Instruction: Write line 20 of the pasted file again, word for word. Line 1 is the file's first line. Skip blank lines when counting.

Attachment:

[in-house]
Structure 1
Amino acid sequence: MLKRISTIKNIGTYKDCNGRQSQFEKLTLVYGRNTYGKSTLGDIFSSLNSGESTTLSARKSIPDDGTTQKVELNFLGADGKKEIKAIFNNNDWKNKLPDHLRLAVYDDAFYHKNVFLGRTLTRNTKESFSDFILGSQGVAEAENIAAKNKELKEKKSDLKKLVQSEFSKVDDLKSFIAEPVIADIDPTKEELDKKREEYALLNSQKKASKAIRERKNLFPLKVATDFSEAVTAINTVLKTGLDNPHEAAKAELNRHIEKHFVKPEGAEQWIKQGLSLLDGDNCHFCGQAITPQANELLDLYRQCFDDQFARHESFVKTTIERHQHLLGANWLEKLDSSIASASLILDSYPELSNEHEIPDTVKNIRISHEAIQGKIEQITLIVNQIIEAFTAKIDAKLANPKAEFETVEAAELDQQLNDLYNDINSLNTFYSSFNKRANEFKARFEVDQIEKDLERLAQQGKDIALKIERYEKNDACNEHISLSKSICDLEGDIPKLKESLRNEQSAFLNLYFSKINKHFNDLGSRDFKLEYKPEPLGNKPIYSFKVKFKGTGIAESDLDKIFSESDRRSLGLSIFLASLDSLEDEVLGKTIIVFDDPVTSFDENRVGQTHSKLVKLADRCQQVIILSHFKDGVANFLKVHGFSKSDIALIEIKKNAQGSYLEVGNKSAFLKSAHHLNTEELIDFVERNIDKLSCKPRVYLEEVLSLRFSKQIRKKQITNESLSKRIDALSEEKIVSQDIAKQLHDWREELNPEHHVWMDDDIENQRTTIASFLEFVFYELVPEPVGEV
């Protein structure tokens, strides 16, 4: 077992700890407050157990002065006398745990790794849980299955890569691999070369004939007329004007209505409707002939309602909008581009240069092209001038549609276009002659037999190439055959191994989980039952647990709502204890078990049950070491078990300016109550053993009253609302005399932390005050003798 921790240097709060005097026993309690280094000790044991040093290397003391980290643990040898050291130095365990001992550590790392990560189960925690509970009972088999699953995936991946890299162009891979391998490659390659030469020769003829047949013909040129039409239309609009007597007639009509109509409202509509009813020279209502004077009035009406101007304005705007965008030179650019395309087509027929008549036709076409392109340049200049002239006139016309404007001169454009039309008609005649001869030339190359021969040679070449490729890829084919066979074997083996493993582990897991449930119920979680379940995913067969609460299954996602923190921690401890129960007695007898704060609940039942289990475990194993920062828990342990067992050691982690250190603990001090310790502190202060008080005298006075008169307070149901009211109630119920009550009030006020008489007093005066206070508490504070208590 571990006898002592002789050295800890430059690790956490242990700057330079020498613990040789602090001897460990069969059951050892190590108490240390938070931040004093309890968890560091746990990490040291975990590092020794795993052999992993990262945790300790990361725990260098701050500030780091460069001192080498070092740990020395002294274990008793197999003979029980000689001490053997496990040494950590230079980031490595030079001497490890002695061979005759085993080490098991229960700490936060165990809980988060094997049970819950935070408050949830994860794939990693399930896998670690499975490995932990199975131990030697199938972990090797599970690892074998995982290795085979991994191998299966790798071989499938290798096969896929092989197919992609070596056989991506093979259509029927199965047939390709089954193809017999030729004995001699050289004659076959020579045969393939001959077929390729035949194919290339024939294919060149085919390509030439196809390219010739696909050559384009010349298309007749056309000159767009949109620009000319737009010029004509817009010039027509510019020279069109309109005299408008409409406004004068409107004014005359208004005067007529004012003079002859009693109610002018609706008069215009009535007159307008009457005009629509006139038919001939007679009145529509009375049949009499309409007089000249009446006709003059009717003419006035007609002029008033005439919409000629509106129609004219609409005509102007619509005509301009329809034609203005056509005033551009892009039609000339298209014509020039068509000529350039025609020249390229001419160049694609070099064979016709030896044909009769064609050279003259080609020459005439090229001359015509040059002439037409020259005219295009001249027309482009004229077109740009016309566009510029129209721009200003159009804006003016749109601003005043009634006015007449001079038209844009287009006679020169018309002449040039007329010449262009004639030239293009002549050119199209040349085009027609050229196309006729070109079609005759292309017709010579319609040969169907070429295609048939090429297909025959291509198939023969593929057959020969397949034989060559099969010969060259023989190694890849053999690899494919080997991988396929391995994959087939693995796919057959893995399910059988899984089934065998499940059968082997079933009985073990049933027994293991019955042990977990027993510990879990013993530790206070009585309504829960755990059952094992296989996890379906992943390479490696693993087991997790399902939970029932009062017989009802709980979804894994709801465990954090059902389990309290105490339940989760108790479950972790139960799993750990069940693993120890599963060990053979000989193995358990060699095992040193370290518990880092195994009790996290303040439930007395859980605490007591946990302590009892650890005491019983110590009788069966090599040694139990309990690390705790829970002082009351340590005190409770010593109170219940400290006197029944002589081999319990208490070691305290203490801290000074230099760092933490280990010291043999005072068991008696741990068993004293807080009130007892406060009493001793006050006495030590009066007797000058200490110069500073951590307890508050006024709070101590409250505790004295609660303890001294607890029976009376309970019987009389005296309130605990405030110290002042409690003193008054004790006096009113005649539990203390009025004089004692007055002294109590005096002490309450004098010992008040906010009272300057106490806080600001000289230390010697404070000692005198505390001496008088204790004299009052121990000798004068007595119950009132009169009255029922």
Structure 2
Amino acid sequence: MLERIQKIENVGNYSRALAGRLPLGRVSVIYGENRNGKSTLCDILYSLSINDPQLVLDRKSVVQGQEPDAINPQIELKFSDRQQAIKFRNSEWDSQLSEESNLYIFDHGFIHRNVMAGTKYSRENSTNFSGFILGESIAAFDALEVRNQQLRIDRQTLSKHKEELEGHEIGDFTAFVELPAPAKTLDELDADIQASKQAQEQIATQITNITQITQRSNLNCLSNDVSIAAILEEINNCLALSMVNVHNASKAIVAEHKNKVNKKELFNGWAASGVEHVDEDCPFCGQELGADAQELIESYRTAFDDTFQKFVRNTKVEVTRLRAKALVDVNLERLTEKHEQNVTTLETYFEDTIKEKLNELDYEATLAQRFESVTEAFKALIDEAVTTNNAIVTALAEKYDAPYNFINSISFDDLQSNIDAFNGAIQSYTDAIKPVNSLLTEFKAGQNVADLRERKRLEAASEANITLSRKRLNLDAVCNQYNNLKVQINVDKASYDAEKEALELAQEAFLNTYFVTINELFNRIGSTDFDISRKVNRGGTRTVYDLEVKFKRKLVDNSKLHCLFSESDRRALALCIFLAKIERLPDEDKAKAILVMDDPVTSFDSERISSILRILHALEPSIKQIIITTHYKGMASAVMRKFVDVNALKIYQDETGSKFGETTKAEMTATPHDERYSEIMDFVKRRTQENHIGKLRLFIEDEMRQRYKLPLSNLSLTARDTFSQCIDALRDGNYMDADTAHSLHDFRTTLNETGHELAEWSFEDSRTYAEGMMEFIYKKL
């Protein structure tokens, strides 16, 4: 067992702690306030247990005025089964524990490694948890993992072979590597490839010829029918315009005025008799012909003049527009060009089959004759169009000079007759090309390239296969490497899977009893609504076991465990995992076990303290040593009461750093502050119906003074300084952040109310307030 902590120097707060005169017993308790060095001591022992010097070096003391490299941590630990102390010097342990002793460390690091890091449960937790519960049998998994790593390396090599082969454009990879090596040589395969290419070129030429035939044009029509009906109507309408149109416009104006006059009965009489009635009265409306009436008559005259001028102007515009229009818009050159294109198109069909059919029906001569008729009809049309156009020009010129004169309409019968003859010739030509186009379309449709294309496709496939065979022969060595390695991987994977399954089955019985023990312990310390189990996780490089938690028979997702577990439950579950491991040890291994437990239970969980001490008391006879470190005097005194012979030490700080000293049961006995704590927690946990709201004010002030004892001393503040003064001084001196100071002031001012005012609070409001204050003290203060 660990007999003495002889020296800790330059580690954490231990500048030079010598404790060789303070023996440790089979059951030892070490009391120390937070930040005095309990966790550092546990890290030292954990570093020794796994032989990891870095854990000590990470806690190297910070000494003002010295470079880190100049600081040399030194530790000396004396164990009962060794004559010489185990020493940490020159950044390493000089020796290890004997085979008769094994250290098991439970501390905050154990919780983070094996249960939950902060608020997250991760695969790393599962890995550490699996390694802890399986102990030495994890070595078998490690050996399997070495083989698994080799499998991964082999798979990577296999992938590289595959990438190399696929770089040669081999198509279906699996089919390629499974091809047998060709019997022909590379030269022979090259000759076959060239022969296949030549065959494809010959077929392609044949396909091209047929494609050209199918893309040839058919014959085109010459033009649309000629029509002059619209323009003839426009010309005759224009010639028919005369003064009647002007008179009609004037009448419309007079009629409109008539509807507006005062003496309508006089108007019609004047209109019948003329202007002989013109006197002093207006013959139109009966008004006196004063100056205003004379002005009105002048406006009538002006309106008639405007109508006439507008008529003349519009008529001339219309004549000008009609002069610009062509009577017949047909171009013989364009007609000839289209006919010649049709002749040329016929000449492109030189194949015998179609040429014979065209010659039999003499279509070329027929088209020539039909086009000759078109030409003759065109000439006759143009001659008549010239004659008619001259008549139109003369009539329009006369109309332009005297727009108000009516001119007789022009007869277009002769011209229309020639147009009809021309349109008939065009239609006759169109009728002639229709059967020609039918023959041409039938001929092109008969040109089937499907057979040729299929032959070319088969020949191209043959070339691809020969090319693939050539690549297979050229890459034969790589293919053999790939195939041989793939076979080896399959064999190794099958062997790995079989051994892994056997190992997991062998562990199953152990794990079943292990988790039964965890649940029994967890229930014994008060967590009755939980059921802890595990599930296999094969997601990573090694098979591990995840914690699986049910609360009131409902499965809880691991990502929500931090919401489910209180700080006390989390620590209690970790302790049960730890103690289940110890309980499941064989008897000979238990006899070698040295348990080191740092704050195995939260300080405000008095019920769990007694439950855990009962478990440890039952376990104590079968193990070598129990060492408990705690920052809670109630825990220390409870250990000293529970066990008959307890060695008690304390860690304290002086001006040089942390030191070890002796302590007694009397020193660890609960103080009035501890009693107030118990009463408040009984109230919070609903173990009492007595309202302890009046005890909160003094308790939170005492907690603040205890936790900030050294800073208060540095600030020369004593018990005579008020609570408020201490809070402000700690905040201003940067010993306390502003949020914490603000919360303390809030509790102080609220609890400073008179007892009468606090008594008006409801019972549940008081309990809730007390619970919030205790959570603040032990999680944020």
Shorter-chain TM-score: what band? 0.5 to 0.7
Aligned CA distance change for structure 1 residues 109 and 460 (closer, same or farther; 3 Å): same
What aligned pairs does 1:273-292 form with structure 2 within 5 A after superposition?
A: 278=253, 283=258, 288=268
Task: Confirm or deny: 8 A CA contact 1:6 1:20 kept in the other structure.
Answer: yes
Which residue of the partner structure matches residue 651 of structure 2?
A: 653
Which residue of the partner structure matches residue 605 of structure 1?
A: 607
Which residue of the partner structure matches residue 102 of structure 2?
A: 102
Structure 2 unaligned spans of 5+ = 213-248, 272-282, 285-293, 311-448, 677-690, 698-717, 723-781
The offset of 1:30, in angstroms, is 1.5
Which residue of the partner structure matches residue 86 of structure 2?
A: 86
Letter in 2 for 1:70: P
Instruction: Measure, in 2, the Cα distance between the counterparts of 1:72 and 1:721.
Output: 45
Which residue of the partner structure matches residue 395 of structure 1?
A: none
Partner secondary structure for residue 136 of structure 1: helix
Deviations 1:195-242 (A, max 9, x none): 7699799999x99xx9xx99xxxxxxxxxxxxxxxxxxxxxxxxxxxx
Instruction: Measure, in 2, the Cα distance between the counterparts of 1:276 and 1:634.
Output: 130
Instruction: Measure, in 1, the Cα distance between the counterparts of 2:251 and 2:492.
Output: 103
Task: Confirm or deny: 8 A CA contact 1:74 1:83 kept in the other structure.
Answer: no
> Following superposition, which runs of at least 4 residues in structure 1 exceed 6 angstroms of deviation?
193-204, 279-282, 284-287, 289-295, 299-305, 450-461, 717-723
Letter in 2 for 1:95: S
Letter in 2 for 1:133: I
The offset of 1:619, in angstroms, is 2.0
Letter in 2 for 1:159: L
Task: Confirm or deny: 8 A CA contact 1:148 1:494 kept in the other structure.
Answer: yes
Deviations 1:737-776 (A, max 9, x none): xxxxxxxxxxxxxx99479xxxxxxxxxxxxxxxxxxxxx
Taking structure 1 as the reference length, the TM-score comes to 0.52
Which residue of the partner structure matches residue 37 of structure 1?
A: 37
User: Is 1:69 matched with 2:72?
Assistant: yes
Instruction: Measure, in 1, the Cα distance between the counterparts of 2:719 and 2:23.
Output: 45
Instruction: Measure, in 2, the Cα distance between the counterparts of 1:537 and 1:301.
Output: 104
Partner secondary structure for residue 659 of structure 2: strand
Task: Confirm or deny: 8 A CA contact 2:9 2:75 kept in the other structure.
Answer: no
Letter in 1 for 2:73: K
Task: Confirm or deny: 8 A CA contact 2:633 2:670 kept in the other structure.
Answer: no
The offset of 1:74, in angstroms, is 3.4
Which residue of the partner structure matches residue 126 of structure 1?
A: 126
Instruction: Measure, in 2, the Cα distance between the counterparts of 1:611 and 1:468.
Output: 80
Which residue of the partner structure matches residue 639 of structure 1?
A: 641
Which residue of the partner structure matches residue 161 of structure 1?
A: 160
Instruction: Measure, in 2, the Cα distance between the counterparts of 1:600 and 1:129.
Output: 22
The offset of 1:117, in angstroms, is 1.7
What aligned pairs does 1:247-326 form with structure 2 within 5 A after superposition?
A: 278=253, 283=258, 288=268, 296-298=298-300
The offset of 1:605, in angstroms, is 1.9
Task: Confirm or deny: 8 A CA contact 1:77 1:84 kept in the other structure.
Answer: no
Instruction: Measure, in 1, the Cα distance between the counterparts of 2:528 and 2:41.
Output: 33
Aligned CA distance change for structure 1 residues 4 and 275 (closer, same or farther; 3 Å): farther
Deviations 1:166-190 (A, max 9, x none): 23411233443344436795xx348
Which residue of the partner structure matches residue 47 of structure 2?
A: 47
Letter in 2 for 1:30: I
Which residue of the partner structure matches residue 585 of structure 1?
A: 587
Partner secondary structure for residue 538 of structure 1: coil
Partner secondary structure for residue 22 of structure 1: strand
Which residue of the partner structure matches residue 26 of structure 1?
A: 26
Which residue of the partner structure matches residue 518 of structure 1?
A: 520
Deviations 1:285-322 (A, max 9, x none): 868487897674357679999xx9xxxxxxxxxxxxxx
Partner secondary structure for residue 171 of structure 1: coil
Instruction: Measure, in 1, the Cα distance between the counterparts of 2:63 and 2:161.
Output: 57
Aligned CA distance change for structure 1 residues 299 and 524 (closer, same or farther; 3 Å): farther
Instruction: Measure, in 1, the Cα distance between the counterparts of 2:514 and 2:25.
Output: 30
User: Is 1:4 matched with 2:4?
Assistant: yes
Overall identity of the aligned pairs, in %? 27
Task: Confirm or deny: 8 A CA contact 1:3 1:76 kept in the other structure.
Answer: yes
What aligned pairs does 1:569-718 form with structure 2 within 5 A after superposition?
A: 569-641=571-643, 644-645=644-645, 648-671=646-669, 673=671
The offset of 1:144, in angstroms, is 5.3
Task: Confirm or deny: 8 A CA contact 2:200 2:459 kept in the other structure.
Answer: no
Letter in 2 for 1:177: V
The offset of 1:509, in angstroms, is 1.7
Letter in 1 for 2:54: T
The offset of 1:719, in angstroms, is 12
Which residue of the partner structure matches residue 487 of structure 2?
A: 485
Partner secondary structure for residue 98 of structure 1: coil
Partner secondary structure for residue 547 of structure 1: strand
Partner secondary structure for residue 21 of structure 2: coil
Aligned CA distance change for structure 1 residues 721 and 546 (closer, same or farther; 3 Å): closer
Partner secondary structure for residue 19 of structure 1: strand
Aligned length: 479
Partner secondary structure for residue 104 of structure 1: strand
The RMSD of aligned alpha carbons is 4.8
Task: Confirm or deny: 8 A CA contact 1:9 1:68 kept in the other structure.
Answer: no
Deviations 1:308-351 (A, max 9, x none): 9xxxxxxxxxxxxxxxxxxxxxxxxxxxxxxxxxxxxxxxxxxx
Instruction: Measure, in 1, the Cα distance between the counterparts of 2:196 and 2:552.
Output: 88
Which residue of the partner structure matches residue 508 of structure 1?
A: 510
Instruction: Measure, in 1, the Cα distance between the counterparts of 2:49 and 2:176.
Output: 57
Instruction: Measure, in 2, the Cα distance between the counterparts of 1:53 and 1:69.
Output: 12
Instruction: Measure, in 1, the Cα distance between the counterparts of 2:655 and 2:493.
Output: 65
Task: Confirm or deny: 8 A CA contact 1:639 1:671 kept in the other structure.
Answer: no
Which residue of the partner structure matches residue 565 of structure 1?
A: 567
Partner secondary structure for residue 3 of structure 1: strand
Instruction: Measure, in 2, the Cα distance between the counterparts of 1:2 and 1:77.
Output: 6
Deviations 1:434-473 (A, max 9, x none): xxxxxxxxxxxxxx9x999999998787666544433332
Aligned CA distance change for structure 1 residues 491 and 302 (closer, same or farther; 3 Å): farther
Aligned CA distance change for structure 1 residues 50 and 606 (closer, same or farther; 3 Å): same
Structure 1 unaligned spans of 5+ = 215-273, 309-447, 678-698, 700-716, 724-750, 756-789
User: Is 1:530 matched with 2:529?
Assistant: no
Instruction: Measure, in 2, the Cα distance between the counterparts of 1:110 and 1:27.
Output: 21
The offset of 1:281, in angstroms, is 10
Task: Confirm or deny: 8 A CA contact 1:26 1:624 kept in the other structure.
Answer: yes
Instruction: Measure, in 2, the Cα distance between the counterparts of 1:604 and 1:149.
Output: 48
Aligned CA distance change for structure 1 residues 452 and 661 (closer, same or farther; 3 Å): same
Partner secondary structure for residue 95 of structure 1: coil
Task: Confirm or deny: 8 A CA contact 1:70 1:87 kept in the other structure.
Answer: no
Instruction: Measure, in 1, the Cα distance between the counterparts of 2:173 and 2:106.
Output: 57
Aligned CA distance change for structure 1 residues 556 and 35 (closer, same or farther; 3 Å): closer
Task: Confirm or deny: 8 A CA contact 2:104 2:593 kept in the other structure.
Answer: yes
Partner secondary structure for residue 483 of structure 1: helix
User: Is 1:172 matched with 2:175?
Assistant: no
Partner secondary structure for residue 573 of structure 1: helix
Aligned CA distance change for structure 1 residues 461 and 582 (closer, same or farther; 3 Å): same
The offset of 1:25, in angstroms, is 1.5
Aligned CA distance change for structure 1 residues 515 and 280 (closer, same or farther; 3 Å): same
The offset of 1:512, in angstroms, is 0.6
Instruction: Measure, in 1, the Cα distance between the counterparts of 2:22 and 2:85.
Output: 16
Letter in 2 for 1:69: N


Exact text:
Structure 2 unaligned spans of 5+ = 213-248, 272-282, 285-293, 311-448, 677-690, 698-717, 723-781